Getting around an openocd bug

I’ve been back working with the SAMD20 microcontroller family again for an RS485 network project. While writing code for the device I noticed that it would crash quite often. Further investigations revealed that sections of the code were not being written to flash memory. This device has a 64 byte flash page size and it will only accept writes of 64 byte blocks. If you try to write a smaller amount the write is ignored. This causes a problem when you want to write a flash image that is not an integer multiple of 64 bytes in size – the last few bytes will not be written out. The version of openocd I’m using came from here . I reported the issue but while I’m waiting for a response I’ve managed to workaround the problem by adding some padding to the flash image in the linker file as shown here.

    flash : org = 0x00000000, len = 128k
    ram : org = 0x20000000, len = 16k
	. = ORIGIN(flash);
        .text : {
		  *(.vectors); /* The interrupt vectors */

        } >flash
	. = ORIGIN(ram);
        .data : {
	  . = ALIGN(4);
        } >ram AT>flash
	.bss : {	  
	    . = ALIGN(4);
	} > ram
	BSS_END = .;
	.padding : {
		  /* This is a 64 byte block of 0xff's to ensure that the last */
		  /* page of the program is written to the MCU */
		  /* The openocd SAMD driver does not seem to flush the last partial */
		  /* page out properly */

	} >flash

This linker script is for the SAMD20E17 MCU. The value chose for the padding data is important as the erased state of flash is logic ‘1’. By using 0xffffffff as a padding value (which may or may not be written to the flash) read-back verification will report a success.

Serial transmission on the SAMD20

This is a follow up to a previous post about bare-metal programming of the SAMD20 MCU. It has been tricky. There is a very complex clock system in the SAMD20 which is difficult to set up. The UART itself is pretty straight forward however and I’ve added a simple UART transmit example to the github repository.
Shown below is a listing for the UART related and main functions. System clock setup is done in another file (init.c).
Next step: Interrupts.

/* User LED is on PA0 */
/* This example uses SERCOM0 (UART mode) to send data to a host PC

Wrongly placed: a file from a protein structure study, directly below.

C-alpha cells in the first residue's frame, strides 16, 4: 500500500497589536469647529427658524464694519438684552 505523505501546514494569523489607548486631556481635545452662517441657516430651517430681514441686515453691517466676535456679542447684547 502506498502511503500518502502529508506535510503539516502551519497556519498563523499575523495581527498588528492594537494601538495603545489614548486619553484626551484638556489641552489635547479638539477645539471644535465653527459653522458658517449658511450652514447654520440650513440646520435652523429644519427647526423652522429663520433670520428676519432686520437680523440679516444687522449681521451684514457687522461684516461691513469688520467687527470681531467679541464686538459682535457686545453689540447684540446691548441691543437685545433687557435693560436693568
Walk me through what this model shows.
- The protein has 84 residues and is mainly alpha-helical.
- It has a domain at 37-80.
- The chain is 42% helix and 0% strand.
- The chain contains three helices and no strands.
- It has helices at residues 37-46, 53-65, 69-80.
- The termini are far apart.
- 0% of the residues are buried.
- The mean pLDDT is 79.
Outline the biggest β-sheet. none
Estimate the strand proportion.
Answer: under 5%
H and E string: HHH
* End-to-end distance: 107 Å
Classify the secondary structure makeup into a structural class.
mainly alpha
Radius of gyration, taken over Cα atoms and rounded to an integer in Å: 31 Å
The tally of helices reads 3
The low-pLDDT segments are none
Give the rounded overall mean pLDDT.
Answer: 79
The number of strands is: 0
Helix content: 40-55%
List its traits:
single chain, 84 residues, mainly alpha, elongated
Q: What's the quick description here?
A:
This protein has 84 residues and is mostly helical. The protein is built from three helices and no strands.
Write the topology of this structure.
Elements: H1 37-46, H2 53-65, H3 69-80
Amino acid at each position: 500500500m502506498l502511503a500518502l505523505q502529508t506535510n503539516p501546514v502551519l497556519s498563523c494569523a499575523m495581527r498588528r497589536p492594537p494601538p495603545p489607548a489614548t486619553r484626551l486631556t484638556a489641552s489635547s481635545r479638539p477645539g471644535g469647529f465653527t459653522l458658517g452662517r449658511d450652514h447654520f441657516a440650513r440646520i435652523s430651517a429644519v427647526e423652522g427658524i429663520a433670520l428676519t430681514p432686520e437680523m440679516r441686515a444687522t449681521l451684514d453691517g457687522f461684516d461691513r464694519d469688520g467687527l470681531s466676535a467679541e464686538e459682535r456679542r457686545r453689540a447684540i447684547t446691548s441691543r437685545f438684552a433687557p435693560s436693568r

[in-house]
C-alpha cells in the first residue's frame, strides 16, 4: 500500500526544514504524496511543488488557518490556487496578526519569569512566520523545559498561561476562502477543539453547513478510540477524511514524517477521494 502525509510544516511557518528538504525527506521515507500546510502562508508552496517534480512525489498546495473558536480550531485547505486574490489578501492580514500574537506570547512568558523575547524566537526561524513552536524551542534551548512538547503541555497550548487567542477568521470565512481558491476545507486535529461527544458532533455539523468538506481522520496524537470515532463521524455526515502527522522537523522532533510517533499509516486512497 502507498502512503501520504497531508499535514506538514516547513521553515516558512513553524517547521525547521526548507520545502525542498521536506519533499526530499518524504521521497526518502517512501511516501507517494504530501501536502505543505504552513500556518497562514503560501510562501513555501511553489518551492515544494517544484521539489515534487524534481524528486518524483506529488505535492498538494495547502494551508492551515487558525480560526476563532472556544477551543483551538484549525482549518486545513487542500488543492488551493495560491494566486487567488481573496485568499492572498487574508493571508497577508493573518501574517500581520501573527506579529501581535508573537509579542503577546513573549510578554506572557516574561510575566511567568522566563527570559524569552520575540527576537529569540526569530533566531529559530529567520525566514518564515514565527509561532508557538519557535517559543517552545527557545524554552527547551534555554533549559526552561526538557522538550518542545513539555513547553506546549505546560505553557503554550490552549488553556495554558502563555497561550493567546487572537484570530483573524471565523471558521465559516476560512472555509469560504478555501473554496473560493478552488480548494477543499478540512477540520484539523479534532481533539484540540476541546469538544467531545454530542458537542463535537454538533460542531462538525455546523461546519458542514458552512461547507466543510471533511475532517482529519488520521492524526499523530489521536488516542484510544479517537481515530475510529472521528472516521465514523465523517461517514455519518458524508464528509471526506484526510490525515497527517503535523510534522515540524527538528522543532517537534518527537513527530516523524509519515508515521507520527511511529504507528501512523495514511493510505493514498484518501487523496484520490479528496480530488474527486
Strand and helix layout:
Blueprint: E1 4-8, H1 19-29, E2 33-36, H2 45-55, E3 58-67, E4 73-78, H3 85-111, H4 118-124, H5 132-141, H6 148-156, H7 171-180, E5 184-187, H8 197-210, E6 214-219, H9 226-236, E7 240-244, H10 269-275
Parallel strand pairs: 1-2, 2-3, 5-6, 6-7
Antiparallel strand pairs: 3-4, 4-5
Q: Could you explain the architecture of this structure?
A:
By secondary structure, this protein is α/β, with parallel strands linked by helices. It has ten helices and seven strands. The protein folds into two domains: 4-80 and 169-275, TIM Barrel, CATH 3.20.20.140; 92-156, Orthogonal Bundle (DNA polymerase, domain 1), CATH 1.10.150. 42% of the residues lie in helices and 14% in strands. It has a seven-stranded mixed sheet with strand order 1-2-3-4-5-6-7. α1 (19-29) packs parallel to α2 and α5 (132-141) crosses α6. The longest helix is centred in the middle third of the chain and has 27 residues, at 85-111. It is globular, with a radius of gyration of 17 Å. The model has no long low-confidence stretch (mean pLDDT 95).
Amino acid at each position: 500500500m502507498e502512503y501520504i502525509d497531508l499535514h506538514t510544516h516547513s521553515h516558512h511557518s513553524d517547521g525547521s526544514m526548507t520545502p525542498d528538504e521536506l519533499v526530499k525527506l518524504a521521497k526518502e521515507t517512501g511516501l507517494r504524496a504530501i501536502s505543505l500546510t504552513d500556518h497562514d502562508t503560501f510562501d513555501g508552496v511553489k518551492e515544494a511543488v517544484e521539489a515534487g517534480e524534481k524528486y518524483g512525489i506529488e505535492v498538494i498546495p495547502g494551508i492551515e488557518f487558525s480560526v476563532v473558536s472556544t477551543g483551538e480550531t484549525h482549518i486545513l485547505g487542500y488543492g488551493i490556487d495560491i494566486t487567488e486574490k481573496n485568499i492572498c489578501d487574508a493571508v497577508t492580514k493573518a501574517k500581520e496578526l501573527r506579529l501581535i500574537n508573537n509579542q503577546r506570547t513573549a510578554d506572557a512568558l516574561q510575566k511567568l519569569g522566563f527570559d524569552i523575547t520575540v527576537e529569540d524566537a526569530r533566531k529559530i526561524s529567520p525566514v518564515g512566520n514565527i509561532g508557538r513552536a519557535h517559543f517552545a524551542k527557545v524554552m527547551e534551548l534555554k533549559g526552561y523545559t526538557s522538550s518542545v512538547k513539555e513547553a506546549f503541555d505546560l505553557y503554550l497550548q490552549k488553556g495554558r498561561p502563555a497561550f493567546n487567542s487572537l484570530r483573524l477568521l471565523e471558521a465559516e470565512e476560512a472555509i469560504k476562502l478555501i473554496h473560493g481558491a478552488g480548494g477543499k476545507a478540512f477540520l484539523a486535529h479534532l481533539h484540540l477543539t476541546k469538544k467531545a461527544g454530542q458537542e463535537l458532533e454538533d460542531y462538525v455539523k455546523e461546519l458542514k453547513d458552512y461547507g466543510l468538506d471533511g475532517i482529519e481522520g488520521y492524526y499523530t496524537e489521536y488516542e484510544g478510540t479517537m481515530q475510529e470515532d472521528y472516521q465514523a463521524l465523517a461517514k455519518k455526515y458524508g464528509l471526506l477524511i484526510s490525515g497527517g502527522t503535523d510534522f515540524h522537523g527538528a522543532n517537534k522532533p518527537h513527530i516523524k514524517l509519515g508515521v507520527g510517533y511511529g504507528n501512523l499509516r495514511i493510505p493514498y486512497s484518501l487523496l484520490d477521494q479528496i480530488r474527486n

#include "../samd20e16.h"
 How to program: run openocd first
 Next, run arm-none-eabi-gdb in another window and execute these commands (adjust directory to suit)
 target remote :3333
 monitor at91samd chip-erase
 monitor reset halt
 monitor load_image /home/frank/Documents/programming/samd/Baremetal/samd20_examples/serial/main.elf 0
 monitor reset 
void delay(uint32_t dly)

void initUART()
    // UART is on:    
    PM_APBCMASK |= BIT2; // turn on SERCOM0
    // Reset SERCOM 0
    SERCOM0_CTRLA = 1; // reset the UART
    while(SERCOM0_STATUS & BIT15); // wait for sync to complete   
    while ( SERCOM0_CTRLA & BIT0 ); // wait for reset to complete
    // Will route the main 48MHz clock to SERCOM0 as the baud rate base clock.
    GCLK_CLKCTRL = 0x0d + BIT14;        
    while(  (GCLK_STATUS & BIT7)); // wait for sync to complete
    SERCOM0_BAUD = 65325; // configure for 9600 bps
    while(SERCOM0_STATUS & BIT15); // wait for sync to complete   
    SERCOM0_CTRLB = BIT17 + BIT16 + BIT9 ; // enable TX, RX, Start-of-frame wakeup, 1 stop bit, 8 bits;
    // 0x00030200 RXEN,TXEN,SFDE,
    while(SERCOM0_STATUS & BIT15); // wait for sync to complete
    SERCOM0_CTRLA = BIT30 + BIT20 + BIT2 + BIT1; // LSB first, UART mode , internal clock, PAD1 = RX, PAD0 = TX, ENABLE    
    while(SERCOM0_STATUS & BIT15); // wait for synchronization between clock domains to complete    
    // The actual special function is selected by writing to the upper 4 bits of PAPMUX5 
    // To select function C, write  '2' to these bits
    PAPMUX4 = 0x22;    
    PAPPINCFG8 |= BIT0; // enable special function multplexing on Pin 11                
    PAPPINCFG9 |= BIT0; // enable special function multplexing on Pin 12
void eputc(char c)
    SERCOM0_DATA = c;
    while((SERCOM0_INTFLAG & BIT1)==0);// wait for TXC flag
void printString(char *String)
    while (*String)
int main()
    int i=0;
    PADIRSET = BIT0; // make Port A bit 0 an output
    // Startup delay to allow escape from a potentially bricked chip: ONLY DELETE WHEN SURE OF PROPER CLOCK OPERATION
    for (i=0;i<10;i++)
        PAOUTTGL = BIT0; // Toggle Port A bit 0
        delay(1000000);   // Wait  
    initUART(); // get SERCOM0 going
        printString("Hello SamD!\r\n");
        i = SERCOM0_INTFLAG;
        PAOUTTGL = BIT0; // Toggle Port A bit 0
        delay(10000);   // Wait